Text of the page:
All three members of Montana’s Congressional delegation are working to address concerns over US Air Force airspace training over southeastern Montana.
The Air Force has agreed to re-open a comment period regarding the Powder River Corridor Training Complex at the request of Congressman Denny Rehberg. The comment period originally ended November 15, 2010 and has now been extended until January 20, 2011.
Meanwhile U.S. Senators Max Baucus and Jon Tester are urging the Air Force not to expand the training airspace at all because of the disruption to rancher, farmers, Great Lakes Airlines, and private aviation functions. As an alternative the senators are asking the Air Force to make use of airspace already in Montana in a way that will support jobs and offer even better training by incorporating F-15 fighters at the Montana Air National Guard.
Bill Bullard, CEO of R-CALF USA, the Ranchers-Cattlemen Action Legal Fund said “R-CALF is grateful to Senators Baucus and Tester for standing up for Montana ranchers and all of the folks in southeastern Montana and saying no to the Powder River expansion.”
The existing Powder River training airspace covers 8,200 square nautical miles in South Dakota, Wyoming and a small portion of southeastern Montana. Approximately 50-60 percent of the Air Force’s proposed expansion is over Montana. While a recent draft Environmental Impact Statement produced by the Air Forced describes this area as “primarily rural and uninhabited in character,” it would in fact include the towns of Colstrip, Hardin and Baker, along with the Crow and Northern Cheyenne Indian reservations. It also travels over Carter County.
Senators Baucus and Tester outlined harmful effects to the Montana Economy and reiterated their strong opposition to the expansion in a letter to Air Force Secretary Michael Donley and Air Force Chief of Staff General Norton Schwartz on Tuesday.
Baucus and Tester cited the potential disruption of commercial and private aviation that could costs jobs that generate $3.8 million in economic activity. The senators also noted the bombers used in training exercises fly fast enough to break the sound barrier and regularly reach noise levels that cause disruption to residents, livestock and wildlife in the area. Baucus and Tester highlighted other negative consequences of expanding the training area, including fire hazards from Air Force training exercise flares, the disruption of Montana emergency medical flights, and potential damage to the Little Big Horn National Battlefield.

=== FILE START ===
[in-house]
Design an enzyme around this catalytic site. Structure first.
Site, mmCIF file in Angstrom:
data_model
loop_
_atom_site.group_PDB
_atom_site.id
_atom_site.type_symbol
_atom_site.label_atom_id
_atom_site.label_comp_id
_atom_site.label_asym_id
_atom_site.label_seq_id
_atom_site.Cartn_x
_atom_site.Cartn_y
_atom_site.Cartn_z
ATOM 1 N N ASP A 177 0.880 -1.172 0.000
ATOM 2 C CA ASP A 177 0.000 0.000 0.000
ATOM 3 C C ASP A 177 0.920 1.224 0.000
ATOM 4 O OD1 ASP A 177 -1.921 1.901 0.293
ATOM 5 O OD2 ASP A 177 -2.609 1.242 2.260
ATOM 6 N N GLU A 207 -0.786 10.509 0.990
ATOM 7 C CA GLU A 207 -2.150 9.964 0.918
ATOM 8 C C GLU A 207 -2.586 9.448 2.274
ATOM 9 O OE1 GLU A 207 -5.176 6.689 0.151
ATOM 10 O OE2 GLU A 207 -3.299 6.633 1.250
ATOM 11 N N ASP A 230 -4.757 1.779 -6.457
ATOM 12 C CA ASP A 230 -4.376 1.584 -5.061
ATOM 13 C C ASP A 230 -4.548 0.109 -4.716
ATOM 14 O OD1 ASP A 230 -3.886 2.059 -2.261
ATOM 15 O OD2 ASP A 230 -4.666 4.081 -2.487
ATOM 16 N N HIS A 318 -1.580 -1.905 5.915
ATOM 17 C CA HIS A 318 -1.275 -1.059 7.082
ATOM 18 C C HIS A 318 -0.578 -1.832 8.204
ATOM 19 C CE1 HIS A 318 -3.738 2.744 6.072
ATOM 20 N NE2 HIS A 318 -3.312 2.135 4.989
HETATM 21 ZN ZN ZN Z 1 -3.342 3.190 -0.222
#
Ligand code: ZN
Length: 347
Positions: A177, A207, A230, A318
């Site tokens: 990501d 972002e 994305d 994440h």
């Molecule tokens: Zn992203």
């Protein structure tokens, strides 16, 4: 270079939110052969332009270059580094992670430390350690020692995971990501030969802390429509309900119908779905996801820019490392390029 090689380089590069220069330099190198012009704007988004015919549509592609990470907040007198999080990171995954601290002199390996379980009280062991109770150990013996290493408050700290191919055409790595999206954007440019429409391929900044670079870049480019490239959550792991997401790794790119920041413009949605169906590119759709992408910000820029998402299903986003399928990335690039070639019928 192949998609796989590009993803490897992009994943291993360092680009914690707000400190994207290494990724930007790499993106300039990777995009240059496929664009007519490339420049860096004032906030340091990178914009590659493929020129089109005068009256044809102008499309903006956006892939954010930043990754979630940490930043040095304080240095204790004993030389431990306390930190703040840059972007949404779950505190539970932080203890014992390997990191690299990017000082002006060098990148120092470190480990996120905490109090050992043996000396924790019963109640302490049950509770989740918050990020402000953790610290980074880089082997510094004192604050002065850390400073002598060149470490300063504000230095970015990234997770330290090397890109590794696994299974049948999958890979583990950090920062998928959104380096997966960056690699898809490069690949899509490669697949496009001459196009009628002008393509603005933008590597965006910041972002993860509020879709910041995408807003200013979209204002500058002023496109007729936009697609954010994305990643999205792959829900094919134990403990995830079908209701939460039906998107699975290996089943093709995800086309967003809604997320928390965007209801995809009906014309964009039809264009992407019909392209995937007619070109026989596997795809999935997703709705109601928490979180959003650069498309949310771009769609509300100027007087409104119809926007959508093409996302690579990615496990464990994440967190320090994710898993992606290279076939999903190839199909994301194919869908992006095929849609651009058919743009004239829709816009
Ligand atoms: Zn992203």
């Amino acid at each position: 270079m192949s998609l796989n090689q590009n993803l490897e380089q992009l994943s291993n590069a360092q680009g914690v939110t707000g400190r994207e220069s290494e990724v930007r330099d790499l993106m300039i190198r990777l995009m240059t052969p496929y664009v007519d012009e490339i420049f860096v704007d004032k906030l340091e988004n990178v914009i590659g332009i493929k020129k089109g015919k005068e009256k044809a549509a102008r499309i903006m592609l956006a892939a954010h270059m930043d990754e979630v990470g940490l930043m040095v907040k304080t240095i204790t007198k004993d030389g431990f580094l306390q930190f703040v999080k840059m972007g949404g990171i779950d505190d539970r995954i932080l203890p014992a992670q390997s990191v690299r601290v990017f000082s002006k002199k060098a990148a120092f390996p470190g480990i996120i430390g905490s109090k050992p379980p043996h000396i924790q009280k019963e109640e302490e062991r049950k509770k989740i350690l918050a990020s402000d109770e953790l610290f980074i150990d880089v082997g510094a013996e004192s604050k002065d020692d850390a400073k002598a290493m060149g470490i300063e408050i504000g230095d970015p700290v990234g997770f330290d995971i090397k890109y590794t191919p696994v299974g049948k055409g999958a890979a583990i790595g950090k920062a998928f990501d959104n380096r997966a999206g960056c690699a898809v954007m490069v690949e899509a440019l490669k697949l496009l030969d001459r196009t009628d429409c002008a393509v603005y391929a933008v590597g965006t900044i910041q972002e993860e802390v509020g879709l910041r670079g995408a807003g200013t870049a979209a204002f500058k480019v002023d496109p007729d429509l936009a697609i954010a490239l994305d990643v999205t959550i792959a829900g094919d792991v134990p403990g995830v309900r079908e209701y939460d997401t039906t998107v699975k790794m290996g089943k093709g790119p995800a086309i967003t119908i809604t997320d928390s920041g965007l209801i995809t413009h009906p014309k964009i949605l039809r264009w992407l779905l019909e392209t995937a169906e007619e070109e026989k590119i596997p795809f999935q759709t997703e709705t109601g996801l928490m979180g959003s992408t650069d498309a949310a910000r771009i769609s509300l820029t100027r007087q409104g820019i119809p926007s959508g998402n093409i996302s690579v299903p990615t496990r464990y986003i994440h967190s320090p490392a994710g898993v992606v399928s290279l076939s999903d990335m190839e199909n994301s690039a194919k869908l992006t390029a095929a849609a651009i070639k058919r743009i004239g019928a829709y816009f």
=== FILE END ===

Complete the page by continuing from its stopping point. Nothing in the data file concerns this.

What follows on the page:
The Senators also urged the Air Force to consider using the F-15 aircraft stationed at Great Falls to improve the air-to-air training scenarios available to the Air Force bomber fleet. Baucus and Tester suggested that the Air Force utilize other airspace currently available in Montana, such as the Hays Military Operations Area in north-central Montana. Hays is larger than Powder River and could provide realistic training scenarios when combined with exercises for the F-15 fighters at the Montana Air National Guard (MANG) Station in Great Falls. In November, Baucus, Tester and Montana Governor Brian Schweitzer pressed Secretary Donley and General Schwartz for answers on the proposed change from an F-15 to a C-27J flying mission for MANG in Great Falls.
The Montana Department of Transportation has also joined Baucus and Tester in opposing the expansion.